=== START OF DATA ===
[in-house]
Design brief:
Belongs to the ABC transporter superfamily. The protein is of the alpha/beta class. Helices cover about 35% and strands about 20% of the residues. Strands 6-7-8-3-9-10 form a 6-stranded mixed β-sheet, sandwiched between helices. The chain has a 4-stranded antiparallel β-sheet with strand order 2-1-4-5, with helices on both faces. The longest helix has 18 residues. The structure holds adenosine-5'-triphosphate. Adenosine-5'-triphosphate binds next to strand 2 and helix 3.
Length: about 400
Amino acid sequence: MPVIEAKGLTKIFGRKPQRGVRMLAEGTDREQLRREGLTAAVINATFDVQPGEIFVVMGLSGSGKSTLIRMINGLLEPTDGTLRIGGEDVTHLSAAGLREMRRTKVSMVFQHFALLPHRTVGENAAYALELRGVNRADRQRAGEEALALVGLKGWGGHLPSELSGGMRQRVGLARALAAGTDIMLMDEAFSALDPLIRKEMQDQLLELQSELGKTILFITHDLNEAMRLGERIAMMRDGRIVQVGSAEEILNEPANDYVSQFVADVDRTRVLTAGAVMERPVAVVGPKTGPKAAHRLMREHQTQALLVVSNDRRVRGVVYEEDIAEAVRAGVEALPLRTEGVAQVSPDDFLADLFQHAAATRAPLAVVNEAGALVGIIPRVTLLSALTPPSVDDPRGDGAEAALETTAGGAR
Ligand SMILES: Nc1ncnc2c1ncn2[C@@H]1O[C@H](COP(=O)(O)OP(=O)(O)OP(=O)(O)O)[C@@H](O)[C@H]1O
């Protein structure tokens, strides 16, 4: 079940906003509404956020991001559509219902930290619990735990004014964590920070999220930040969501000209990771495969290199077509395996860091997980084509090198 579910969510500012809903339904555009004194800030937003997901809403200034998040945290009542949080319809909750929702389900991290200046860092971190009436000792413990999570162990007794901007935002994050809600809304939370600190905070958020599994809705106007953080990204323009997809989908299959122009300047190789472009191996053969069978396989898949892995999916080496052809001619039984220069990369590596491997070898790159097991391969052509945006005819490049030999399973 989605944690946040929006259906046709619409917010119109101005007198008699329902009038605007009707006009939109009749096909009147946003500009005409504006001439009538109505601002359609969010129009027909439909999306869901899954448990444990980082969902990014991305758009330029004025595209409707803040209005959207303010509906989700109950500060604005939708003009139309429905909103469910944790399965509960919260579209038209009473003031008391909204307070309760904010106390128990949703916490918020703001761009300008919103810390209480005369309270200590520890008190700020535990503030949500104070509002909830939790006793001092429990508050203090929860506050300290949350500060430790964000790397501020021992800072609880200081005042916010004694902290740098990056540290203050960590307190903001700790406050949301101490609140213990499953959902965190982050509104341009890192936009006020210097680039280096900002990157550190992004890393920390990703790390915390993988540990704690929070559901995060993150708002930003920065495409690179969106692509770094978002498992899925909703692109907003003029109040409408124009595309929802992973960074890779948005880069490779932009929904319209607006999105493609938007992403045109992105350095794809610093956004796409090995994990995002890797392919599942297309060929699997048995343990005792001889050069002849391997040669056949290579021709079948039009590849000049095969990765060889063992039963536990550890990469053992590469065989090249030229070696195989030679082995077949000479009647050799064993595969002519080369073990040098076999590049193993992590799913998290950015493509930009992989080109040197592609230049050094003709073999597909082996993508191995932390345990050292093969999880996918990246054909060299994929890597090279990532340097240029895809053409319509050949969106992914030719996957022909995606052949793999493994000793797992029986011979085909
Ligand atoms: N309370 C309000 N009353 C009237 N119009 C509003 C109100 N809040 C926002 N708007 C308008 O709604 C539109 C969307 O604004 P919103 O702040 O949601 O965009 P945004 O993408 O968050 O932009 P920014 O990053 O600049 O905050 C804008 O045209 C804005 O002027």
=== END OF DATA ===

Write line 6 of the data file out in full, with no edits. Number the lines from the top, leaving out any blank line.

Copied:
Ligand SMILES: Nc1ncnc2c1ncn2[C@@H]1O[C@H](COP(=O)(O)OP(=O)(O)OP(=O)(O)O)[C@@H](O)[C@H]1O